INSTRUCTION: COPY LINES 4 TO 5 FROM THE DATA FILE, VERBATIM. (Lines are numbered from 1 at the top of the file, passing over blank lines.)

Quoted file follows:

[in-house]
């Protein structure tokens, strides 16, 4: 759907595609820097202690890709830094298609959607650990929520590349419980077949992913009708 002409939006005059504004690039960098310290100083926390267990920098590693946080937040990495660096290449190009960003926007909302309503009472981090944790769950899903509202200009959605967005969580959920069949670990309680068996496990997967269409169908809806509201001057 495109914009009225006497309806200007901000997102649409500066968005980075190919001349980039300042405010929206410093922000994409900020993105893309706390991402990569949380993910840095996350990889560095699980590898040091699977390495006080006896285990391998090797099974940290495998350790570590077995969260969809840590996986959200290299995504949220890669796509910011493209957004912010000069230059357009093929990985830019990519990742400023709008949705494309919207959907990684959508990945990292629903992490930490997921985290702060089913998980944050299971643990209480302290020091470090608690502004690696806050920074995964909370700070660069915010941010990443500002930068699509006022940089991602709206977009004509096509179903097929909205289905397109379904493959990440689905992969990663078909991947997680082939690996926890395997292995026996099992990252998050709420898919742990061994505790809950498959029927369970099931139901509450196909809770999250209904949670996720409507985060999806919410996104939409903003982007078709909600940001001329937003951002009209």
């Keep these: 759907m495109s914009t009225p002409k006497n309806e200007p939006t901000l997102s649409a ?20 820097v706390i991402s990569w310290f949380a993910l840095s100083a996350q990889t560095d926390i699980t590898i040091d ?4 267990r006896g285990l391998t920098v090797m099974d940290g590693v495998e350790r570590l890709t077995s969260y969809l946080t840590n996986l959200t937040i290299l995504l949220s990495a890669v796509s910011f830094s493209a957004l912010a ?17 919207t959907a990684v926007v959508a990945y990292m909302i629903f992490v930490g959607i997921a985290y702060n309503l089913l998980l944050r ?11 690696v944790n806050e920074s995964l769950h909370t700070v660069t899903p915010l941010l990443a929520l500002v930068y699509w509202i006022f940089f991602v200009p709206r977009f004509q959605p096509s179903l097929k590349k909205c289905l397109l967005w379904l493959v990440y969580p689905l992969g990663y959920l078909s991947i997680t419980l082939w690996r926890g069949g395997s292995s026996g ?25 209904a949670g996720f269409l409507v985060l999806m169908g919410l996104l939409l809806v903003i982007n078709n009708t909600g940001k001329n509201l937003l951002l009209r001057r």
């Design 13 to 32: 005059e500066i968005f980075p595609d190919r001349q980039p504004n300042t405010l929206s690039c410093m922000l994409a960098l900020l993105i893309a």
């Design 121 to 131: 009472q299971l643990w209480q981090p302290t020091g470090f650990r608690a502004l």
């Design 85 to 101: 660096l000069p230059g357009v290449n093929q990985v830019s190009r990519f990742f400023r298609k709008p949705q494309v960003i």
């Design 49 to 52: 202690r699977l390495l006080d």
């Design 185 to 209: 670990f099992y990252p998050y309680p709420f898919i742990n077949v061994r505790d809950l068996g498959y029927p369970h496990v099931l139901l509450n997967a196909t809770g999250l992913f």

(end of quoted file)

């Design 13 to 32: 005059e500066i968005f980075p595609d190919r001349q980039p504004n300042t405010l929206s690039c410093m922000l994409a960098l900020l993105i893309a």
């Design 121 to 131: 009472q299971l643990w209480q981090p302290t020091g470090f650990r608690a502004l």